The Road Transport and safety Agency (RTSA) implements policies on road safety, traffic management, registration of vehicle and educational programs.

NRFA reports to Ministry of Finance while the other two report to Ministry of Works and Supply.

The core agency is RDA which manages the 40000 km core road network in the country. Only 22% of these roads are now paved. Roads are a key driver to economic development and economic growth and RDA is at the centre of this need.

In its short life, RDA has scored milestone achievements and has in its short time built, paved and in some cases completed very important and political projects.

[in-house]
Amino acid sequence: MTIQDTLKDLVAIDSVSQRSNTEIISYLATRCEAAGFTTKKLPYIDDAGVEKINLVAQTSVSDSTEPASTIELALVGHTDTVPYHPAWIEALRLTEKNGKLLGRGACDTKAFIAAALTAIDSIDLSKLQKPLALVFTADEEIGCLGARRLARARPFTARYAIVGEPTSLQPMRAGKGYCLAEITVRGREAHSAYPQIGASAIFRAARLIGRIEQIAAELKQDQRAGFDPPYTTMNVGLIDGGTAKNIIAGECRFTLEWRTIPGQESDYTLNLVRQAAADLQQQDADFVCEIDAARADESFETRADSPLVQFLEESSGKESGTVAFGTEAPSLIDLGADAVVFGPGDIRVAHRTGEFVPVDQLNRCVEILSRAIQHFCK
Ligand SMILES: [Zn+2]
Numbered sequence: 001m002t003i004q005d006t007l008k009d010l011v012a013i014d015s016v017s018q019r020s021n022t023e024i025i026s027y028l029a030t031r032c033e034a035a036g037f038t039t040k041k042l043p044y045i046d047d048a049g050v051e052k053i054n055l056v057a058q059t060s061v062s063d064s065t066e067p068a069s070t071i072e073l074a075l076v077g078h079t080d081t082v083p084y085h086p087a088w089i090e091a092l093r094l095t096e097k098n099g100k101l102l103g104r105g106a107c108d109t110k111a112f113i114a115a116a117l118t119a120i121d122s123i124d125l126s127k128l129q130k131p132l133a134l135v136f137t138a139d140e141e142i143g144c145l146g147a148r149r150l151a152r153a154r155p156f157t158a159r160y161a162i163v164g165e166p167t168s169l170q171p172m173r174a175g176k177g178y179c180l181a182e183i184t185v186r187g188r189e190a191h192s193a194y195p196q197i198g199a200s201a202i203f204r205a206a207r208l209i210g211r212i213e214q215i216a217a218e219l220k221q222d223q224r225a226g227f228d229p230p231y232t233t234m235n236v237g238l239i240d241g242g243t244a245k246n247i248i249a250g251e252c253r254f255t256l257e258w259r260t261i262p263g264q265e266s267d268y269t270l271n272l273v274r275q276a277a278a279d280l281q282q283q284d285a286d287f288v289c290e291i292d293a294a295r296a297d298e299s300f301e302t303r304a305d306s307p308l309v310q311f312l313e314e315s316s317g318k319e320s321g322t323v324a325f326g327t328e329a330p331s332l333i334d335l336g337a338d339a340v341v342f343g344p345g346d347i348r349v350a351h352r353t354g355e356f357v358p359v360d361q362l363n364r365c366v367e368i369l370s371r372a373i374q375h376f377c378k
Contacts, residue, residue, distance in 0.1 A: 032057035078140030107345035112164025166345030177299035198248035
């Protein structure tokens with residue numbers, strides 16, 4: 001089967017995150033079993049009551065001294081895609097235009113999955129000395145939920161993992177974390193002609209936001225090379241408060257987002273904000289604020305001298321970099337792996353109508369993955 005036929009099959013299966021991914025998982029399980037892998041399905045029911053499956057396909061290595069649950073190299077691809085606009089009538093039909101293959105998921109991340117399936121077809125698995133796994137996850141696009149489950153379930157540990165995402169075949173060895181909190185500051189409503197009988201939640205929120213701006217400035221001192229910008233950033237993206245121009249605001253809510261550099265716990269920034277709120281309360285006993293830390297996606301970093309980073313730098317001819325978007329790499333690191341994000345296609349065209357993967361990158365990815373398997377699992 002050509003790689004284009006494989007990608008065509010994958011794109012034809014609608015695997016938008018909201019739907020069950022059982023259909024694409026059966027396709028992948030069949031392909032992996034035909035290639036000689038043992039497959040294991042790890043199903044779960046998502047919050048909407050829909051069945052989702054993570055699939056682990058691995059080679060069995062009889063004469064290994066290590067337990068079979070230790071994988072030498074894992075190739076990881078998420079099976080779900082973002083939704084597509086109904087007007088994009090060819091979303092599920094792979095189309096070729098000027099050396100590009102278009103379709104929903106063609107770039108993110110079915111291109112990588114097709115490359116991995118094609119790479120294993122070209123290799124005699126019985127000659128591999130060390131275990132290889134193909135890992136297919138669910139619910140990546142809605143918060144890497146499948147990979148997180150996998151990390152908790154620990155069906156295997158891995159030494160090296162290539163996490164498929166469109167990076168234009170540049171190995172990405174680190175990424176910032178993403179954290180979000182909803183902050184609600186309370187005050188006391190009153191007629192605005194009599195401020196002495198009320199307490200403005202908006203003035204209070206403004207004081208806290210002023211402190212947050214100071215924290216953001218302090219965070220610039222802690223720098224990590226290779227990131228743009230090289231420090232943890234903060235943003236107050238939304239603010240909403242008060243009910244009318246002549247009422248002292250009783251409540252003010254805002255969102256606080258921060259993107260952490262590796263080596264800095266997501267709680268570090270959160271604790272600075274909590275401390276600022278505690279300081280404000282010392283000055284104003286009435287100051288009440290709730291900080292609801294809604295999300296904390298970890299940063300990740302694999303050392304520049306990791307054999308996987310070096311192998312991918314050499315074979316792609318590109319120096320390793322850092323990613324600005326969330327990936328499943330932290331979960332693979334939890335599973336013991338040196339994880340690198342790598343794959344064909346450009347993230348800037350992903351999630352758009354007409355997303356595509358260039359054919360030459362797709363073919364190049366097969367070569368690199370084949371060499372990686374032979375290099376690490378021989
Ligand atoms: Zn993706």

Some of the major road works that RDA has handled include roads such as the Choma-Chitongo, the Bottom Road (Sinazeze), Mutanda- Chavuma, Lusaka-Chirundu, Lusaka-Kabwe, Mongu-Senanga, Chipata-Lundazi, Mumbwa-Kasempa, the Mwanawasa Bridge, and the installation of computerized weigh-bridges in Kapiri, Livingstone, Kazungula, Mpika and Solwezi.

Kenya with USD1billion annual road sector budget constructs fewer roads than Zambia which has a USD350million annual budget for the sector.

RDA; CORRUPTION AND THE CORRUPTION ALLEGATIONS

The road sector in Zambia has an annual budget of USD350million (K1.4trillion). Its projects are multi-billion kwacha enterprises and the industry is expected to attract corruption and corruption allegations.

The huge works have mostly been done by a few contractors with capacity for such works. These are Raubex, China Henan, China Geo, China Jiangxi, Sable Transport, and Roads and Pavings.